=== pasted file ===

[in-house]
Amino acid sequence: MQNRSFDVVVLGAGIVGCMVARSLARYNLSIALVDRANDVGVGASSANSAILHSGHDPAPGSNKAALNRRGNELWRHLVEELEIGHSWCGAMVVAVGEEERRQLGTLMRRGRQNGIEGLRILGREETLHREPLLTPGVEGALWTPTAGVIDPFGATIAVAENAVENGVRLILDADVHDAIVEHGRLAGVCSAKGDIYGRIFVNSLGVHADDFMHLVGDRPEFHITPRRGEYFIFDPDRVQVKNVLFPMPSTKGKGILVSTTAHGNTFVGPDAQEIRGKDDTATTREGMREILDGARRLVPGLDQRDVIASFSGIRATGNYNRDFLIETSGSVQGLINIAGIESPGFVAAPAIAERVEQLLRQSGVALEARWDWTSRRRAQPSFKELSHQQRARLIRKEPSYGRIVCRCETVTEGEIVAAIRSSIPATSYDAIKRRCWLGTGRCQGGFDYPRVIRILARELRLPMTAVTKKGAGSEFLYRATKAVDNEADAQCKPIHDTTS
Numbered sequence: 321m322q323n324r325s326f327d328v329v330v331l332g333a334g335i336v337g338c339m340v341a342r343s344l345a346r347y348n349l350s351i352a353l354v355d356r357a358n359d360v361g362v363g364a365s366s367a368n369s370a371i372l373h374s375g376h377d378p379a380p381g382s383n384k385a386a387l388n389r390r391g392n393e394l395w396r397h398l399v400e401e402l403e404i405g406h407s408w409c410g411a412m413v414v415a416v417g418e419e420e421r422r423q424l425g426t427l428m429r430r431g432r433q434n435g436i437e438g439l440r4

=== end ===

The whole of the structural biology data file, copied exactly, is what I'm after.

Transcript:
[in-house]
Amino acid sequence: MQNRSFDVVVLGAGIVGCMVARSLARYNLSIALVDRANDVGVGASSANSAILHSGHDPAPGSNKAALNRRGNELWRHLVEELEIGHSWCGAMVVAVGEEERRQLGTLMRRGRQNGIEGLRILGREETLHREPLLTPGVEGALWTPTAGVIDPFGATIAVAENAVENGVRLILDADVHDAIVEHGRLAGVCSAKGDIYGRIFVNSLGVHADDFMHLVGDRPEFHITPRRGEYFIFDPDRVQVKNVLFPMPSTKGKGILVSTTAHGNTFVGPDAQEIRGKDDTATTREGMREILDGARRLVPGLDQRDVIASFSGIRATGNYNRDFLIETSGSVQGLINIAGIESPGFVAAPAIAERVEQLLRQSGVALEARWDWTSRRRAQPSFKELSHQQRARLIRKEPSYGRIVCRCETVTEGEIVAAIRSSIPATSYDAIKRRCWLGTGRCQGGFDYPRVIRILARELRLPMTAVTKKGAGSEFLYRATKAVDNEADAQCKPIHDTTS
Numbered sequence: 321m322q323n324r325s326f327d328v329v330v331l332g333a334g335i336v337g338c339m340v341a342r343s344l345a346r347y348n349l350s351i352a353l354v355d356r357a358n359d360v361g362v363g364a365s366s367a368n369s370a371i372l373h374s375g376h377d378p379a380p381g382s383n384k385a386a387l388n389r390r391g392n393e394l395w396r397h398l399v400e401e402l403e404i405g406h407s408w409c410g411a412m413v414v415a416v417g418e419e420e421r422r423q424l425g426t427l428m429r430r431g432r433q434n435g436i437e438g439l440r4